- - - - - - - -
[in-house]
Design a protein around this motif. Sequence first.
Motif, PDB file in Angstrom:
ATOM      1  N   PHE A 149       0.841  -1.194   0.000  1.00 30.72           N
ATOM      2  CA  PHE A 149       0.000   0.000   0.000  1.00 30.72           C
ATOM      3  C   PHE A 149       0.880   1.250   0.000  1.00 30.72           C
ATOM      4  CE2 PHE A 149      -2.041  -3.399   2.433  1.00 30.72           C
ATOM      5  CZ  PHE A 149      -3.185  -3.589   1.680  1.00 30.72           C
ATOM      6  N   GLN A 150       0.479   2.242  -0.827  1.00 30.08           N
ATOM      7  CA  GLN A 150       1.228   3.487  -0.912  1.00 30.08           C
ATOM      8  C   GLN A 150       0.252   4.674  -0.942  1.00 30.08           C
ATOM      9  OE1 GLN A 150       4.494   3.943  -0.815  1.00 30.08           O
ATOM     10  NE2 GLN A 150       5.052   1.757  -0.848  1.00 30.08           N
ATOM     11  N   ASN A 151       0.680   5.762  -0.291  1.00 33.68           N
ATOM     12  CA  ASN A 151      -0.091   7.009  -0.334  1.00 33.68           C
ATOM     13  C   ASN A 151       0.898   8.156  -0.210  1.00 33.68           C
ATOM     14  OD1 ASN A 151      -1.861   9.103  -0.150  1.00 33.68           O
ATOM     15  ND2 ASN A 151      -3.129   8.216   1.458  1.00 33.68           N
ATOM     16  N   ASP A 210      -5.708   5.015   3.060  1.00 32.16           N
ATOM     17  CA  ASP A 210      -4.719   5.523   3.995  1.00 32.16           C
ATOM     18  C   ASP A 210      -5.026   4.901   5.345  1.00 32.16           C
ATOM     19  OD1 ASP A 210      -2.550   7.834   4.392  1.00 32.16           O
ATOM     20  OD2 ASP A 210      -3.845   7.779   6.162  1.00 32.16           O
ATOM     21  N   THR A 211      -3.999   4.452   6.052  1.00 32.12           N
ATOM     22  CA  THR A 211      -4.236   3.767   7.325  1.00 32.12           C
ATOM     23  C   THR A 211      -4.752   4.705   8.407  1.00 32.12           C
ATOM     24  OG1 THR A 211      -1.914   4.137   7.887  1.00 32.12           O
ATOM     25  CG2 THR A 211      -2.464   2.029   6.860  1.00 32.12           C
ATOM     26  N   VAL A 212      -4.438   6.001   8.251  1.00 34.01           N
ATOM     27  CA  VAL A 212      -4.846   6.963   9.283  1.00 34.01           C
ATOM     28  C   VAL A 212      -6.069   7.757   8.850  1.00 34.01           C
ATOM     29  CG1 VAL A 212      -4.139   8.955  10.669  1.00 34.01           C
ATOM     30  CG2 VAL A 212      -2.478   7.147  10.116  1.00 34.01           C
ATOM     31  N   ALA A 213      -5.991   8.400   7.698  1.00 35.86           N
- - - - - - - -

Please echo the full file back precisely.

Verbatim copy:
[in-house]
Design a protein around this motif. Sequence first.
Motif, PDB file in Angstrom:
ATOM      1  N   PHE A 149       0.841  -1.194   0.000  1.00 30.72           N
ATOM      2  CA  PHE A 149       0.000   0.000   0.000  1.00 30.72           C
ATOM      3  C   PHE A 149       0.880   1.250   0.000  1.00 30.72           C
ATOM      4  CE2 PHE A 149      -2.041  -3.399   2.433  1.00 30.72           C
ATOM      5  CZ  PHE A 149      -3.185  -3.589   1.680  1.00 30.72           C
ATOM      6  N   GLN A 150       0.479   2.242  -0.827  1.00 30.08           N
ATOM      7  CA  GLN A 150       1.228   3.487  -0.912  1.00 30.08           C
ATOM      8  C   GLN A 150       0.252   4.674  -0.942  1.00 30.08           C
ATOM      9  OE1 GLN A 150       4.494   3.943  -0.815  1.00 30.08           O
ATOM     10  NE2 GLN A 150       5.052   1.757  -0.848  1.00 30.08           N
ATOM     11  N   ASN A 151       0.680   5.762  -0.291  1.00 33.68           N
ATOM     12  CA  ASN A 151      -0.091   7.009  -0.334  1.00 33.68           C
ATOM     13  C   ASN A 151       0.898   8.156  -0.210  1.00 33.68           C
ATOM     14  OD1 ASN A 151      -1.861   9.103  -0.150  1.00 33.68           O
ATOM     15  ND2 ASN A 151      -3.129   8.216   1.458  1.00 33.68           N
ATOM     16  N   ASP A 210      -5.708   5.015   3.060  1.00 32.16           N
ATOM     17  CA  ASP A 210      -4.719   5.523   3.995  1.00 32.16           C
ATOM     18  C   ASP A 210      -5.026   4.901   5.345  1.00 32.16           C
ATOM     19  OD1 ASP A 210      -2.550   7.834   4.392  1.00 32.16           O
ATOM     20  OD2 ASP A 210      -3.845   7.779   6.162  1.00 32.16           O
ATOM     21  N   THR A 211      -3.999   4.452   6.052  1.00 32.12           N
ATOM     22  CA  THR A 211      -4.236   3.767   7.325  1.00 32.12           C
ATOM     23  C   THR A 211      -4.752   4.705   8.407  1.00 32.12           C
ATOM     24  OG1 THR A 211      -1.914   4.137   7.887  1.00 32.12           O
ATOM     25  CG2 THR A 211      -2.464   2.029   6.860  1.00 32.12           C
ATOM     26  N   VAL A 212      -4.438   6.001   8.251  1.00 34.01           N
ATOM     27  CA  VAL A 212      -4.846   6.963   9.283  1.00 34.01           C
ATOM     28  C   VAL A 212      -6.069   7.757   8.850  1.00 34.01           C
ATOM     29  CG1 VAL A 212      -4.139   8.955  10.669  1.00 34.01           C
ATOM     30  CG2 VAL A 212      -2.478   7.147  10.116  1.00 34.01           C
ATOM     31  N   ALA A 213      -5.991   8.400   7.698  1.00 35.86           N